When someone talks about Hollywood or Wall Street, they’re probably not talking about a California city or a Manhattan street. It’s an example of what rhetoricians call metonymy. Metonyms like the White House or Downing Street are often used as substitutes for a group of people or an industry. This is part of a complete episode.
- Life of Riley (episode #1533) 10/07/2019: Unwrap the name of a candy bar, and you just might find a story inside. For instance, one chewy treat found in many a checkout... [more]
- Off the Turnip Truck (episode #1532) 09/23/2019: It's hard to imagine now, but there was a time when people disagreed over the best word to use when answering the phone. Alexander Graham... [more]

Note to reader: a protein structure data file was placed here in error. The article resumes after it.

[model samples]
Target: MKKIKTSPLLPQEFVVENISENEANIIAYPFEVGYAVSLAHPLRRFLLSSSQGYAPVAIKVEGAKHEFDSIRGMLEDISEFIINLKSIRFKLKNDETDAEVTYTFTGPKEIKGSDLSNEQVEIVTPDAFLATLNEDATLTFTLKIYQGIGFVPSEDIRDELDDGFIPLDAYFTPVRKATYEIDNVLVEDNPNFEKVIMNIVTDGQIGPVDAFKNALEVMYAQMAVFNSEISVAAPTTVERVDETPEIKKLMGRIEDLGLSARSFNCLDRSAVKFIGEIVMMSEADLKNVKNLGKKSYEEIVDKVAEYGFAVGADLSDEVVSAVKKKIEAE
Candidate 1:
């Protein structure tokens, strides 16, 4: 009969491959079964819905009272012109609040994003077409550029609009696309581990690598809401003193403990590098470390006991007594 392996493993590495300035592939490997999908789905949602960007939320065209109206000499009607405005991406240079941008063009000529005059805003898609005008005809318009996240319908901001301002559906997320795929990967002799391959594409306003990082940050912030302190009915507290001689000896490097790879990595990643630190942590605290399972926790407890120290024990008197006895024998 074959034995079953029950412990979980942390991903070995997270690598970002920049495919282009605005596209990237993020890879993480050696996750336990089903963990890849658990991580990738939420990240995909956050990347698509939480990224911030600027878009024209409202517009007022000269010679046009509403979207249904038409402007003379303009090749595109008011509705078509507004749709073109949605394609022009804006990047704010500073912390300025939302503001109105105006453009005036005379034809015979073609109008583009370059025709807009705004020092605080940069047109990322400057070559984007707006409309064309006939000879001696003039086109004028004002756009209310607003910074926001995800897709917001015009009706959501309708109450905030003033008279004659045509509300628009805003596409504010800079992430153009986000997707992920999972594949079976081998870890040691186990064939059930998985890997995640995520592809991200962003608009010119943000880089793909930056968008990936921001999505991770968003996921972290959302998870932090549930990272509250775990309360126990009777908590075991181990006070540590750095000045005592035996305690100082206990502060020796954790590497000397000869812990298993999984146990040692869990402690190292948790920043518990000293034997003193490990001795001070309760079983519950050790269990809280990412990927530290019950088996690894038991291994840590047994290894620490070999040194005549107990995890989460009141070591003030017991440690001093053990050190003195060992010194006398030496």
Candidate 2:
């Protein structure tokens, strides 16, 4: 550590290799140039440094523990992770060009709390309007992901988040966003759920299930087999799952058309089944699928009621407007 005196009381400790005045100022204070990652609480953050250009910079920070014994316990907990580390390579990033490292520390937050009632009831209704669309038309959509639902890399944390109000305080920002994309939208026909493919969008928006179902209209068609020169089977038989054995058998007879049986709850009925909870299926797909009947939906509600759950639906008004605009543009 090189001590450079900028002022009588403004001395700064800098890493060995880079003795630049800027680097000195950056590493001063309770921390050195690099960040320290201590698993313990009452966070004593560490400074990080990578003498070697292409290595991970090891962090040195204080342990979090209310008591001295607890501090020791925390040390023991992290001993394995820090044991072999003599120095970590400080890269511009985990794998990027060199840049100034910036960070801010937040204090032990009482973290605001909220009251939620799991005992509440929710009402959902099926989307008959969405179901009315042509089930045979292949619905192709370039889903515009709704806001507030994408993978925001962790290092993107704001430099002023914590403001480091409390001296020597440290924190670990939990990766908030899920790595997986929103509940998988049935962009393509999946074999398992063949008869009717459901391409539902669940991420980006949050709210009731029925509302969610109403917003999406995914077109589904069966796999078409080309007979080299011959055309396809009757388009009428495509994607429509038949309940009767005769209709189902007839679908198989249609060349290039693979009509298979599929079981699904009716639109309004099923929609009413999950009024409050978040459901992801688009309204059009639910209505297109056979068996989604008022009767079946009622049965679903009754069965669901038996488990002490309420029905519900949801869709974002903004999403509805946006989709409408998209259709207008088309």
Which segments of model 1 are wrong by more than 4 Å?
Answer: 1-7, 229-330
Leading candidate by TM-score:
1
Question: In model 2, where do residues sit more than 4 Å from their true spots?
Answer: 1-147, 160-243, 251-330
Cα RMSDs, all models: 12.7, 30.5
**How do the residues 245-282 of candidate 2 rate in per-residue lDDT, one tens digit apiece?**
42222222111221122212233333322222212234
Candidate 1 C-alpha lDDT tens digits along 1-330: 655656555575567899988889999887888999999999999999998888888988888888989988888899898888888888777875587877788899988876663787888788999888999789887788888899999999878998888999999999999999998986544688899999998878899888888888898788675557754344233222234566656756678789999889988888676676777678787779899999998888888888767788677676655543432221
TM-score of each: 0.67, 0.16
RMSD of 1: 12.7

- Loaded for Bear (episode #1531) 09/16/2019: One way to make your new business look trendy is to use two nouns separated by an ampersand, like Peach & Creature or Rainstorm &... [more]
- Mrs. Astor’s Horse (episode #1530) 07/29/2019: "What has a head like a cat, feet like a cat, a tail like a cat, but isn't a cat?" Answer: a kitten! A 1948... [more]
- At First Blush (episode #1529) 07/15/2019: Book recommendations and the art of apology. Martha and Grant share some good reads, including an opinionated romp through English grammar, a Spanish-language adventure novel,... [more]